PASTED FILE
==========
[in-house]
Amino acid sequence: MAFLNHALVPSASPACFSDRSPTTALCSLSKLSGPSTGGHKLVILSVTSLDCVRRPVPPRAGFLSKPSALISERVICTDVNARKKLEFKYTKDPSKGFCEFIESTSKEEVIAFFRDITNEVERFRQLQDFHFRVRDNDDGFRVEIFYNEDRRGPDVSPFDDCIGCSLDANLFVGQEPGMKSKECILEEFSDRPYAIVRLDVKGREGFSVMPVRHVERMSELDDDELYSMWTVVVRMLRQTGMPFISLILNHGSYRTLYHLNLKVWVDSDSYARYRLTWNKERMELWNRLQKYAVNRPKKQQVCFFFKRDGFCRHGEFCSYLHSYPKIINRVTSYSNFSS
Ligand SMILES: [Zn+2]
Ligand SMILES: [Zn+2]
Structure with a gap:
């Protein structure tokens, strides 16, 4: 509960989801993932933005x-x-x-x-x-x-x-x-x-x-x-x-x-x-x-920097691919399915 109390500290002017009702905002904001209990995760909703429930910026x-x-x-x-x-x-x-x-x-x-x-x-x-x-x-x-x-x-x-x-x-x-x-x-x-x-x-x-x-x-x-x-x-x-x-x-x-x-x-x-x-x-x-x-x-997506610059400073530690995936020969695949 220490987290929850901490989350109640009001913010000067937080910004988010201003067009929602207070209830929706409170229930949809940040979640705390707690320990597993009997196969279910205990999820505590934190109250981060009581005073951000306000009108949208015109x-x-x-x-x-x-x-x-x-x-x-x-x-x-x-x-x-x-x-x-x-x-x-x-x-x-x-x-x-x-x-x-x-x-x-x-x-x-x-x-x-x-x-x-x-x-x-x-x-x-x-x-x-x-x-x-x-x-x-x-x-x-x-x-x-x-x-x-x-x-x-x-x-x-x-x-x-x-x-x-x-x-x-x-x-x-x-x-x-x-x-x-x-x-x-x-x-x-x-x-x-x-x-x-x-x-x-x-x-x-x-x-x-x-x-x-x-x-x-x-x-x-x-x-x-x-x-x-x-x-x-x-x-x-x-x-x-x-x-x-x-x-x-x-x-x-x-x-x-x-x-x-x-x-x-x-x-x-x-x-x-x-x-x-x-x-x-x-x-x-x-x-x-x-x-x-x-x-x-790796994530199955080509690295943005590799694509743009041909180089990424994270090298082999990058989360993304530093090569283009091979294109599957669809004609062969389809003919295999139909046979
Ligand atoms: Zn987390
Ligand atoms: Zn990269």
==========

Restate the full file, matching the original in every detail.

[in-house]
Amino acid sequence: MAFLNHALVPSASPACFSDRSPTTALCSLSKLSGPSTGGHKLVILSVTSLDCVRRPVPPRAGFLSKPSALISERVICTDVNARKKLEFKYTKDPSKGFCEFIESTSKEEVIAFFRDITNEVERFRQLQDFHFRVRDNDDGFRVEIFYNEDRRGPDVSPFDDCIGCSLDANLFVGQEPGMKSKECILEEFSDRPYAIVRLDVKGREGFSVMPVRHVERMSELDDDELYSMWTVVVRMLRQTGMPFISLILNHGSYRTLYHLNLKVWVDSDSYARYRLTWNKERMELWNRLQKYAVNRPKKQQVCFFFKRDGFCRHGEFCSYLHSYPKIINRVTSYSNFSS
Ligand SMILES: [Zn+2]
Ligand SMILES: [Zn+2]
Structure with a gap:
């Protein structure tokens, strides 16, 4: 509960989801993932933005x-x-x-x-x-x-x-x-x-x-x-x-x-x-x-920097691919399915 109390500290002017009702905002904001209990995760909703429930910026x-x-x-x-x-x-x-x-x-x-x-x-x-x-x-x-x-x-x-x-x-x-x-x-x-x-x-x-x-x-x-x-x-x-x-x-x-x-x-x-x-x-x-x-x-997506610059400073530690995936020969695949 220490987290929850901490989350109640009001913010000067937080910004988010201003067009929602207070209830929706409170229930949809940040979640705390707690320990597993009997196969279910205990999820505590934190109250981060009581005073951000306000009108949208015109x-x-x-x-x-x-x-x-x-x-x-x-x-x-x-x-x-x-x-x-x-x-x-x-x-x-x-x-x-x-x-x-x-x-x-x-x-x-x-x-x-x-x-x-x-x-x-x-x-x-x-x-x-x-x-x-x-x-x-x-x-x-x-x-x-x-x-x-x-x-x-x-x-x-x-x-x-x-x-x-x-x-x-x-x-x-x-x-x-x-x-x-x-x-x-x-x-x-x-x-x-x-x-x-x-x-x-x-x-x-x-x-x-x-x-x-x-x-x-x-x-x-x-x-x-x-x-x-x-x-x-x-x-x-x-x-x-x-x-x-x-x-x-x-x-x-x-x-x-x-x-x-x-x-x-x-x-x-x-x-x-x-x-x-x-x-x-x-x-x-x-x-x-x-x-x-x-x-x-790796994530199955080509690295943005590799694509743009041909180089990424994270090298082999990058989360993304530093090569283009091979294109599957669809004609062969389809003919295999139909046979
Ligand atoms: Zn987390
Ligand atoms: Zn990269």